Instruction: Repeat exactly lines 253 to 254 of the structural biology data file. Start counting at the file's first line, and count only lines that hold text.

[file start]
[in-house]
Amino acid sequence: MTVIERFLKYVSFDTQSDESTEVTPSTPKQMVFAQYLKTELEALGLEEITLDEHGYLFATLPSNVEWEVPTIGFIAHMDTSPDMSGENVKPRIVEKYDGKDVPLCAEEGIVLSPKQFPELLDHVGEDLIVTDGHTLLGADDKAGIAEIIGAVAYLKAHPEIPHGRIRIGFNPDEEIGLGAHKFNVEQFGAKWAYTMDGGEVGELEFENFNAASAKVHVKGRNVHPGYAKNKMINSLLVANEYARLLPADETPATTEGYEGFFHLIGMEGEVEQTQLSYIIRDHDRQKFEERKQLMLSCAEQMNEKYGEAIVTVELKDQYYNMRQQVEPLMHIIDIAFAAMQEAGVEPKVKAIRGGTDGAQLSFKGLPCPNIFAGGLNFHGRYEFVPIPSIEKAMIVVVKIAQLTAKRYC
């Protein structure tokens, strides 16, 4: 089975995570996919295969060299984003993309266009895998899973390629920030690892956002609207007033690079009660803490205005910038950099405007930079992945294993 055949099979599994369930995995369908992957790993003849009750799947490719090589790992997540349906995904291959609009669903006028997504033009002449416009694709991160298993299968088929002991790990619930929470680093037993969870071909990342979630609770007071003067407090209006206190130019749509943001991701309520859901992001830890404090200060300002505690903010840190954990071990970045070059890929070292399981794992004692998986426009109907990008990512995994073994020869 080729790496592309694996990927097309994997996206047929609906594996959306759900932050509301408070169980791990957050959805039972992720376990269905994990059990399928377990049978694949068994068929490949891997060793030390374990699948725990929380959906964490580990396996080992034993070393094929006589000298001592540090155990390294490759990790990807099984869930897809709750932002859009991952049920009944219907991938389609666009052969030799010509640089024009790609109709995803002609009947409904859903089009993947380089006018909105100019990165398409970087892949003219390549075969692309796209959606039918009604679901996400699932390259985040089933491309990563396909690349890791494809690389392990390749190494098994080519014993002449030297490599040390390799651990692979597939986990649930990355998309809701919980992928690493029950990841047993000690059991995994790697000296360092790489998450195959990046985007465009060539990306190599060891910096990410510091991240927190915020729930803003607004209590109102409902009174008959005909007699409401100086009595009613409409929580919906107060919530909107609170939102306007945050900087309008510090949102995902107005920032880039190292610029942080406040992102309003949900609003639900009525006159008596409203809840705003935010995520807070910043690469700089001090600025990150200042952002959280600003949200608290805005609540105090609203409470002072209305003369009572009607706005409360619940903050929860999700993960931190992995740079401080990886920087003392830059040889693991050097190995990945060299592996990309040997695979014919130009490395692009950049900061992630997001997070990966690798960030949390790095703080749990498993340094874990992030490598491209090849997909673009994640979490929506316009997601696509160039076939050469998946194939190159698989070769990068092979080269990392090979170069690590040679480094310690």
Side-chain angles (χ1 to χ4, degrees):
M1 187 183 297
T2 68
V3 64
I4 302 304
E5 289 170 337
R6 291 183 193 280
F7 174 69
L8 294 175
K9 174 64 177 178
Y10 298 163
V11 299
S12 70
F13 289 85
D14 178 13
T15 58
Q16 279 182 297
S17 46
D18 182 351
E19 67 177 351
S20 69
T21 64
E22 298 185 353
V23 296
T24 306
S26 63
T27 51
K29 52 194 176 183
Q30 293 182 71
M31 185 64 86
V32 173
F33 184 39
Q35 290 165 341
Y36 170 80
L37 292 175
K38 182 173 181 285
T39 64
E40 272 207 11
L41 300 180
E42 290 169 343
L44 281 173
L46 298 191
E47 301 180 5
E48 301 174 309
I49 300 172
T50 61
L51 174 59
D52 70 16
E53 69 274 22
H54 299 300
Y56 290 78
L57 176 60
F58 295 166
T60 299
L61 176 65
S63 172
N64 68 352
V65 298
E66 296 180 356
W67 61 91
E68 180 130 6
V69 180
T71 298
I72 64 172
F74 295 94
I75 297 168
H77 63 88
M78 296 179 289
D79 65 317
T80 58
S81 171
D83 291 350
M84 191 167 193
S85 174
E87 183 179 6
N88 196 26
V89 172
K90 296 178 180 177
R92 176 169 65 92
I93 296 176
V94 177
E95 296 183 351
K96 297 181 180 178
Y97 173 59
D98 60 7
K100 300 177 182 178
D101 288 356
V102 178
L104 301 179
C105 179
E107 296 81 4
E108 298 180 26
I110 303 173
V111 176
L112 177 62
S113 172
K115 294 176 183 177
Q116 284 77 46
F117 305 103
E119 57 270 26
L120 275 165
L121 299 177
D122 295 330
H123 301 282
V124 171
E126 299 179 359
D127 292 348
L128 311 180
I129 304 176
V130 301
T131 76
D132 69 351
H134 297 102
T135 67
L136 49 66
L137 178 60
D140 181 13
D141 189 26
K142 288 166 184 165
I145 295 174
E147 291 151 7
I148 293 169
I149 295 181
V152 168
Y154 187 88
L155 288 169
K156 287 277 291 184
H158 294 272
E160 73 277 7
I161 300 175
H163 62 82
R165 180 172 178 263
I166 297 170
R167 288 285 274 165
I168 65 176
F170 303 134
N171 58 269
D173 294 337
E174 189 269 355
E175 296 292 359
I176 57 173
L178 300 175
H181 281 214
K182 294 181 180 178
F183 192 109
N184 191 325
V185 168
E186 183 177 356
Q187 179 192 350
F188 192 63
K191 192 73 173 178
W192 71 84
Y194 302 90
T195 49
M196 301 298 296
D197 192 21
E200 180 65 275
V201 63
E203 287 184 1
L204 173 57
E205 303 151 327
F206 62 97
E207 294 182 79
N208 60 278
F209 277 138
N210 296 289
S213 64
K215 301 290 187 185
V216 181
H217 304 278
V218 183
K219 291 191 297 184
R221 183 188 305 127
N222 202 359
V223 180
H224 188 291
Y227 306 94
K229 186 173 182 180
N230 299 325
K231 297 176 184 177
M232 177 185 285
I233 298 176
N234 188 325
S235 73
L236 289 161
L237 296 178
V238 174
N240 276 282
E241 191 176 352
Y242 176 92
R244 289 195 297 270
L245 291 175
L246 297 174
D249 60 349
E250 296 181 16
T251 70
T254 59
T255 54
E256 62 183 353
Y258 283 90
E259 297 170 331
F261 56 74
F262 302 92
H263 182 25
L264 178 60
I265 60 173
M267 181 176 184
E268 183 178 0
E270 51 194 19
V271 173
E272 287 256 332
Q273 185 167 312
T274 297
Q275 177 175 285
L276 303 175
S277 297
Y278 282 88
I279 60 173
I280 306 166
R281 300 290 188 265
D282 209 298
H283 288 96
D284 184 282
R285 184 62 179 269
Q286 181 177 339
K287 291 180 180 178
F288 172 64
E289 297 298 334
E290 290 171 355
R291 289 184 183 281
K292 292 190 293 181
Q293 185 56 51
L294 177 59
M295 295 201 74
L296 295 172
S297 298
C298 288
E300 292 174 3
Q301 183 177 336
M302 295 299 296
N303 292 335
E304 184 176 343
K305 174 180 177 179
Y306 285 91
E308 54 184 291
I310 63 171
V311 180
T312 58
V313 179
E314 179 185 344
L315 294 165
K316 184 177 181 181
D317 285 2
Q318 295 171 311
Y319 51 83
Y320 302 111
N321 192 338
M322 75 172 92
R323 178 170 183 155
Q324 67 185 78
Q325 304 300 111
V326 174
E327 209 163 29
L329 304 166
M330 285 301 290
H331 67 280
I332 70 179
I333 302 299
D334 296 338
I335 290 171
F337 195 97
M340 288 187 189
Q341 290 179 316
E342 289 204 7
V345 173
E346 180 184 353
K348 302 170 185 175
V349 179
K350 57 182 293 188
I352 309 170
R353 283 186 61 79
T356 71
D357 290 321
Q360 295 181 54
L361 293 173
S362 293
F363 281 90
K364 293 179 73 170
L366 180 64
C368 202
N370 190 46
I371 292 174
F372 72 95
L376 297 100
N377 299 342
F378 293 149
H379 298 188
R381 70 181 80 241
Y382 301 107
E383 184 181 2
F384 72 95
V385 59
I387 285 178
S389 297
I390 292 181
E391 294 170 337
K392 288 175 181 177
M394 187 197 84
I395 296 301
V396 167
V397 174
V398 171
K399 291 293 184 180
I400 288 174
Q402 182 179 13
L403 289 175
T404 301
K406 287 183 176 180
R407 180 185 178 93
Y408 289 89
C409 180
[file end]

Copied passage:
E314 179 185 344
L315 294 165